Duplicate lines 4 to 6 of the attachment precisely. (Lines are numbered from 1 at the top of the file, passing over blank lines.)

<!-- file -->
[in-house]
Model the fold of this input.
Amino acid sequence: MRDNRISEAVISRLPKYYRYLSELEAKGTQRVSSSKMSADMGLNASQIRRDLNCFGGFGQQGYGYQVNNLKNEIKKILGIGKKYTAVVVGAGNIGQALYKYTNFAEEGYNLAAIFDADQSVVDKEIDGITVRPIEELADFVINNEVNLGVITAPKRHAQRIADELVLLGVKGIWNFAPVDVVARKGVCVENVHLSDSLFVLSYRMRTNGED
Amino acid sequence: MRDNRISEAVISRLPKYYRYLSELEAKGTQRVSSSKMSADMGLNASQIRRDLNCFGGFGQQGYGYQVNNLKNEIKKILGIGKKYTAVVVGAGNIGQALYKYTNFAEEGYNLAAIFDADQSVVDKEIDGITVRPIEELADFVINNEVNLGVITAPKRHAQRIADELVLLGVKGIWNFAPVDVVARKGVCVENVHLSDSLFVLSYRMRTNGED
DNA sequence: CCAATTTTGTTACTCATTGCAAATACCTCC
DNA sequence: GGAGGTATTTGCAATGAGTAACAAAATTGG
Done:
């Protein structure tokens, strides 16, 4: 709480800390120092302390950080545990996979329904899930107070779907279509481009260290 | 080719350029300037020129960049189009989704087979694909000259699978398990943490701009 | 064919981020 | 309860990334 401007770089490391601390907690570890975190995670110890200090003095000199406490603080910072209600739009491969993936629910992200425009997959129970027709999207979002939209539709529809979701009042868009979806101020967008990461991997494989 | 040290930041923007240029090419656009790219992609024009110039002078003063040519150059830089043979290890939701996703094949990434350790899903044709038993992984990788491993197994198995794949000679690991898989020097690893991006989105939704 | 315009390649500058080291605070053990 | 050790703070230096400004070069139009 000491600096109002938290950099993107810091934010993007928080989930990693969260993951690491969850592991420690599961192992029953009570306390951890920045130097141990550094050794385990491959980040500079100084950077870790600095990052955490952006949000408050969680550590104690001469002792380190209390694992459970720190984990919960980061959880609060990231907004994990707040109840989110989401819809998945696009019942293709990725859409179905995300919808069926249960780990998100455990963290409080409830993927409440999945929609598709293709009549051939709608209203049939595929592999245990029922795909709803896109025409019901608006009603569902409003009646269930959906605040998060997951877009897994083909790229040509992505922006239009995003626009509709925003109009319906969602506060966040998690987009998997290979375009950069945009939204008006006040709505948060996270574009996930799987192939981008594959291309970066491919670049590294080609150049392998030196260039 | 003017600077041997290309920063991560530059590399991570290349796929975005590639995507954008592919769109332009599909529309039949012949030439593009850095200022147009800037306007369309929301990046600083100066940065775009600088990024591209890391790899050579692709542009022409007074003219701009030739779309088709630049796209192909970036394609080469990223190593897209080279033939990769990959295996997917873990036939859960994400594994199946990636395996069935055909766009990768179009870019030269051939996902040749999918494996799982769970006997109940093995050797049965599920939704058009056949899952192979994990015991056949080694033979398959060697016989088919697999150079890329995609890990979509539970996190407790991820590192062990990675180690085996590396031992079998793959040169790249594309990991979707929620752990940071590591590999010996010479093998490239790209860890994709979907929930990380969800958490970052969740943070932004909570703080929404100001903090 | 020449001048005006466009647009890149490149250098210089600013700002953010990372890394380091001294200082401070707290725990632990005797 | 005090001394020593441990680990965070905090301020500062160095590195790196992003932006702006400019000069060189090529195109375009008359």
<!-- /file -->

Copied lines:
Amino acid sequence: MRDNRISEAVISRLPKYYRYLSELEAKGTQRVSSSKMSADMGLNASQIRRDLNCFGGFGQQGYGYQVNNLKNEIKKILGIGKKYTAVVVGAGNIGQALYKYTNFAEEGYNLAAIFDADQSVVDKEIDGITVRPIEELADFVINNEVNLGVITAPKRHAQRIADELVLLGVKGIWNFAPVDVVARKGVCVENVHLSDSLFVLSYRMRTNGED
DNA sequence: CCAATTTTGTTACTCATTGCAAATACCTCC
DNA sequence: GGAGGTATTTGCAATGAGTAACAAAATTGG